• 6. While I remained at Taranaki I inspected the post fortified by the Colonial Government, and held by detachments of the Militia and Armed Constabulary, for the protection of the settlers, who—as will have been seen from my former reports—comprise a total population of 4,000 souls, and about eight hundred able-bodied and armed men, scattered over an area nearly as large as that of Yorkshire, surrounded by powerful Native clans, and practically almost without communication, except page 156by sea, with Auckland, Wellington, and the other principal English settlements. Blockhouses and redoubts have been erected in the country districts as rallying-points for the men and places of refuge for the women and children. The barracks, occupied until last February by a garrison of Imperial troops and now by a detachment of the colonial forces, stand on a steep hill in the centre of the Town of New Plymouth, and have been surrounded by a stockade quite strong enough to resist the attack of an enemy unprovided with artillery. In the event of any fresh outbreak, the entire population of the town and its suburbs (about two thousand souls) would be safe within this fortified enceinte.
  • 7. From Taranaki I proceeded by the Manukau Harbour to Auckland, the real centre of the chief Native districts, which I shall revisit from this point in a succession of journeys. So far as is known here up to this date the whole Island continues tranquil, and there has been no hostile collision during the past month. Still there is much restlessness in the Native mind, and fresh meetings, like that at Parihaka, will be held during the ensuing summer (i.e., from December to March). Two members of the Executive Council are now with me at Auckland, and I shall be joined here in a few weeks by Mr. McLean, who will accompany me, in the first instance, to the meetings which will be convened by the Arawas and Ngatiporous on the East Coast.
  • 8. The monthly mail viâ San Francisco will leave Auckland to-morrow, the 7th October instant, and the intelligence respecting the condition of this country which it will carry away may be described as, on the whole, satisfactory. Still it cannot be forgotten that the permanent maintenance of peace during the next few years will probably depend upon a greater variety of chances, and on a more precarious tenure, in New Zealand, than in any other British colony. What has happened here so often may of course happen again. The disturbing elements have certainly been diminished, but they have not entirely been dispelled; and they require constant watchfulness on the part of the colonial authorities. If we look to past experience, to the nature of the relations existing with some of the Maori clans, and to the position of many of the border settlements, it must be confessed that in several quarters causes of collision may arise at any moment. In fact it may well be doubted if, in a country so situated, it is in the power of any Government, however well disposed and well prepared, to command peace. But the Colonial Government, if it cannot command peace, can and (it is believed) will deserve it, by taking care that good faith, fair dealing, and a wise forbearance are on its side. After all, the Native difficulty is a question of time. In the South Island it has long ago ceased to exist; and ten years hence (or even at an earlier date) it will have practically ceased to exist also in the North Island. Meanwhile, as I have submitted in former despatches, it is alike more politic and more humane to outlive Maori disaffection than to attempt to put it down with the strong hand.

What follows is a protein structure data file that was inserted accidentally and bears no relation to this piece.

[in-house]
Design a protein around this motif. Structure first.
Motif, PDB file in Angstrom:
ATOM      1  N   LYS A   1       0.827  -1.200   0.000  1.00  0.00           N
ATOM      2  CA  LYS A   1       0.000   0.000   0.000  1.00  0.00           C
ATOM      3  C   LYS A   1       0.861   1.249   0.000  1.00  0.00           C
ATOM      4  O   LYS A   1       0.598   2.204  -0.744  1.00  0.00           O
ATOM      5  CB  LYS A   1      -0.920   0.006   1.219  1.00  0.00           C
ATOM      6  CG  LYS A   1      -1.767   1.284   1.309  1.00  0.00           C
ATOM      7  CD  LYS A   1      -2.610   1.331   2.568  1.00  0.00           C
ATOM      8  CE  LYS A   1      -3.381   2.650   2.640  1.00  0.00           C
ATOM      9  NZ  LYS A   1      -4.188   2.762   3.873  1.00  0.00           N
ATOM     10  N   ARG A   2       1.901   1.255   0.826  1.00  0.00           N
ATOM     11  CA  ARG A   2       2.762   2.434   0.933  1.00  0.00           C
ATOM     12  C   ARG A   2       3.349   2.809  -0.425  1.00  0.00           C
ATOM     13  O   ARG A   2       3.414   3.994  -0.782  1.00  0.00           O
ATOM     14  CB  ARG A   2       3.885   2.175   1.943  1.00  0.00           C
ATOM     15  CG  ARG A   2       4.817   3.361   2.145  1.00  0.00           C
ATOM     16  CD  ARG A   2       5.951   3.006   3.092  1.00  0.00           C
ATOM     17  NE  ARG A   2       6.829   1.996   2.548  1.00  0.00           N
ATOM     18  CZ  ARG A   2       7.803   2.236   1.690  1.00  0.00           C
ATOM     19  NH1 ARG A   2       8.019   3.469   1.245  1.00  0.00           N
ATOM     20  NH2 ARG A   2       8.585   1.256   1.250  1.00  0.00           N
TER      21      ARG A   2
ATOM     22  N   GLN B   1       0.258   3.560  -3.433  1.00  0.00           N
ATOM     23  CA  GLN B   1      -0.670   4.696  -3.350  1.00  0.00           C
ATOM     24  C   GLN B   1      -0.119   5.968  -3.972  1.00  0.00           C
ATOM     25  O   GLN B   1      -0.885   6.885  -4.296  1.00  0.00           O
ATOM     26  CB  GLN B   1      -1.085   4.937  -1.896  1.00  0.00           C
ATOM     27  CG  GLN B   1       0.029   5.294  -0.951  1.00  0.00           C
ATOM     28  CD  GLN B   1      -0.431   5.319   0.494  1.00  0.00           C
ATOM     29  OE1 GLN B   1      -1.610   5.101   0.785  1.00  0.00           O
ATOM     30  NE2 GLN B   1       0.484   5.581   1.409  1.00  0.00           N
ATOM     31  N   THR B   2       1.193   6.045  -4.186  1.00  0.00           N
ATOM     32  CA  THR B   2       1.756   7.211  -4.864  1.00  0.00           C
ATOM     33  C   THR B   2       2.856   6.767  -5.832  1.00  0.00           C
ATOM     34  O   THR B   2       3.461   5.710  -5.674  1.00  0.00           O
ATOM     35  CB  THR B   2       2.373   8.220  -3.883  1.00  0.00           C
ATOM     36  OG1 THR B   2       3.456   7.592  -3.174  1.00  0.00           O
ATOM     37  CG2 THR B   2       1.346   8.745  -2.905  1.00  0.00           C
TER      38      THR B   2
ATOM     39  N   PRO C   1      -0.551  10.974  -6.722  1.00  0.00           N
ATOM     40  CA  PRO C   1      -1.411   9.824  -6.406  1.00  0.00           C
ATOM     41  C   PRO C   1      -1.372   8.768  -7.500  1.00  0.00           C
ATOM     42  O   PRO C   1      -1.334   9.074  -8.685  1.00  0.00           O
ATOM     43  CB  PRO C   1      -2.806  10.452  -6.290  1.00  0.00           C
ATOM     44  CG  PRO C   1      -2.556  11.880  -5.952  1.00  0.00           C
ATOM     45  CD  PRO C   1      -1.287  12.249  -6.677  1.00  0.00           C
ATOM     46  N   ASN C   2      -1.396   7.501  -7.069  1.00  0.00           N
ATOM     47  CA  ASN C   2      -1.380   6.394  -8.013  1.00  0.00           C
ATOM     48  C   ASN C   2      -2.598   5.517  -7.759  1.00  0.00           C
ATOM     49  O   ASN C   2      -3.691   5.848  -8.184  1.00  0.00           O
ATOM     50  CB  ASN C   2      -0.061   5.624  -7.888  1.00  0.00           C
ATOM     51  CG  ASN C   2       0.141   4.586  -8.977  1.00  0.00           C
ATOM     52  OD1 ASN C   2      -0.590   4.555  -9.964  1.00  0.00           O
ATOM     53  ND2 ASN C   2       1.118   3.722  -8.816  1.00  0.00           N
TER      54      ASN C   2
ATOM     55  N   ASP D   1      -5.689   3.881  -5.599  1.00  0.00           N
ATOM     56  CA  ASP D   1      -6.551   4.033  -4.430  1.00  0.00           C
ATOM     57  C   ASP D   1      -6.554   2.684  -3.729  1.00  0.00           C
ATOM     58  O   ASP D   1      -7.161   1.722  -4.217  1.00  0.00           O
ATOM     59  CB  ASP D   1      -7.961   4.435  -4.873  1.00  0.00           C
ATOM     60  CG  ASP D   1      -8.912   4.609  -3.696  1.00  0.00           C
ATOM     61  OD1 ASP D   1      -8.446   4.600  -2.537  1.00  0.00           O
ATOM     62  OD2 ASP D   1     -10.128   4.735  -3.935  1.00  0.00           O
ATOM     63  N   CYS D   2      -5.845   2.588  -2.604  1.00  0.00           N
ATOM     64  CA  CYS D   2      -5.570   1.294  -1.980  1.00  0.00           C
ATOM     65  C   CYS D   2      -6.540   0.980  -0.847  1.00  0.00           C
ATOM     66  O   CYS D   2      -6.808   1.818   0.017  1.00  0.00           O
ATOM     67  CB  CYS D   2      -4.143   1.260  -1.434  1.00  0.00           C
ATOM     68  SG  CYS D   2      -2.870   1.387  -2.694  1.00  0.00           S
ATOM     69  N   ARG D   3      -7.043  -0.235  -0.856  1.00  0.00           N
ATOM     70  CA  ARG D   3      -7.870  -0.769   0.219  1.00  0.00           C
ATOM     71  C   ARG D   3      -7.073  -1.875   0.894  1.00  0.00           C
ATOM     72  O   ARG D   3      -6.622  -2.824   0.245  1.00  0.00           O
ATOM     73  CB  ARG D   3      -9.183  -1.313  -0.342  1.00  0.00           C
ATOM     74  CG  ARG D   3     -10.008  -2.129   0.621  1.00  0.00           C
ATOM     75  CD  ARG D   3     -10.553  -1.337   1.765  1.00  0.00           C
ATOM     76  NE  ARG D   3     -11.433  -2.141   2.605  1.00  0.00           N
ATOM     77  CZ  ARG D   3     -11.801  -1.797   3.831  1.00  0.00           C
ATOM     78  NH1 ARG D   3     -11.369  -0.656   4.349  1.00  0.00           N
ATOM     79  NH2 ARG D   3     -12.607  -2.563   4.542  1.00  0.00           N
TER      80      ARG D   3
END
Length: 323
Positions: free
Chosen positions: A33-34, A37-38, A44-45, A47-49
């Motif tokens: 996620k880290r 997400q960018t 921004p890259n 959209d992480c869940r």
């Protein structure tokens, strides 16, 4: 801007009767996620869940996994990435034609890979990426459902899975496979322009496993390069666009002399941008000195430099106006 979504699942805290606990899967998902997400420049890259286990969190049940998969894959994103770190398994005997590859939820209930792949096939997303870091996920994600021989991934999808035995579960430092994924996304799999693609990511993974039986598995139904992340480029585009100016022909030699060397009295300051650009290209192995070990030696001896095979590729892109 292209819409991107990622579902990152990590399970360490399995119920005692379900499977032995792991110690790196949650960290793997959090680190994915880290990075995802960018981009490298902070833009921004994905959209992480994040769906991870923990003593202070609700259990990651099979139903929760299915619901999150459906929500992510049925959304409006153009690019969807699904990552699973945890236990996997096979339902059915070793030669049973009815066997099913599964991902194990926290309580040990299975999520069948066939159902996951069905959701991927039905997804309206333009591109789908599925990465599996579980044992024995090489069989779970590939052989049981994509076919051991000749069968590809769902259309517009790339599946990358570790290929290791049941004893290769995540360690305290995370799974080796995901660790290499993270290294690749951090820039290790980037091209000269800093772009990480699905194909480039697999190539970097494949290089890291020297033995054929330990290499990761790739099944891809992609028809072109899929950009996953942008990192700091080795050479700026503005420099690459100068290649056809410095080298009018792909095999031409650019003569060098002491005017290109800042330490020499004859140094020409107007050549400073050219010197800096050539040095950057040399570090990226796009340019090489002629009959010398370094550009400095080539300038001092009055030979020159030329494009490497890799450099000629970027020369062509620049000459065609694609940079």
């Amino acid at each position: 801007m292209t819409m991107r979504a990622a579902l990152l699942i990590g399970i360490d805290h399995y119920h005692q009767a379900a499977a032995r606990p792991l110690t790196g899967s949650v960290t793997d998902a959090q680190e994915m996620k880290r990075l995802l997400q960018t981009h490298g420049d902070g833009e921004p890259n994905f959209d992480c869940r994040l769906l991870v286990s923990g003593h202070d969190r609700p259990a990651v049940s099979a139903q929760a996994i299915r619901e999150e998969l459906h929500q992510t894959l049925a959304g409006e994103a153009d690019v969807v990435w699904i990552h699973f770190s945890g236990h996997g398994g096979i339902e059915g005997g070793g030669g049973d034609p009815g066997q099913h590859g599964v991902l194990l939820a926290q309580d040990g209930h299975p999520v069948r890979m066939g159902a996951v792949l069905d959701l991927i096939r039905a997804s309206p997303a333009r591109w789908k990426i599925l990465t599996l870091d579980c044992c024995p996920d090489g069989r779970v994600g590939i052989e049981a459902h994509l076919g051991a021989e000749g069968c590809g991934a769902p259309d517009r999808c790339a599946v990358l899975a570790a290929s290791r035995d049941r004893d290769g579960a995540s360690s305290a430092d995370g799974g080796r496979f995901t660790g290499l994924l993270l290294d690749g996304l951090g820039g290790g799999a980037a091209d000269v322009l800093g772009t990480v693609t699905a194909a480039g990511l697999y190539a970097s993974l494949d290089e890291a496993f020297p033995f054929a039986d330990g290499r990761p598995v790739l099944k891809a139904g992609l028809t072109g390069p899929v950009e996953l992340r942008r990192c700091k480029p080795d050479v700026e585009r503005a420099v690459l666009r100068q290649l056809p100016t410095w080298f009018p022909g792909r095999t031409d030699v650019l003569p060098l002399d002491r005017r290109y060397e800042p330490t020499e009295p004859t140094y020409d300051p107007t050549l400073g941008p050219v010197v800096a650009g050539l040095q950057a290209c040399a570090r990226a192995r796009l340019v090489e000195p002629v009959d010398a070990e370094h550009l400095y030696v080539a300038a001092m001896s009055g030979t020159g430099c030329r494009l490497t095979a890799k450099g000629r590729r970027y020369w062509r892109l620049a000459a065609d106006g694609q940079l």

I have, &c.,

G. F. Bowen.

The Right Hon. the Earl of Kimberley.

* It will be recollected that New Plymouth is the capital of the Province of Taranaki.

Enclosure. Extract from the Taranaki Herald of 28th September, 1870.

The so-called Maori King.

§ See Governor of New Zealand to the Secretary of State, No. 134, of 14th October, 1869, printed at page 129 of the Papers presented to the Imperial Parliament in April, 1870.

Printed at page 195 of the Papers presented to the Imperial Parliament in April, 1870.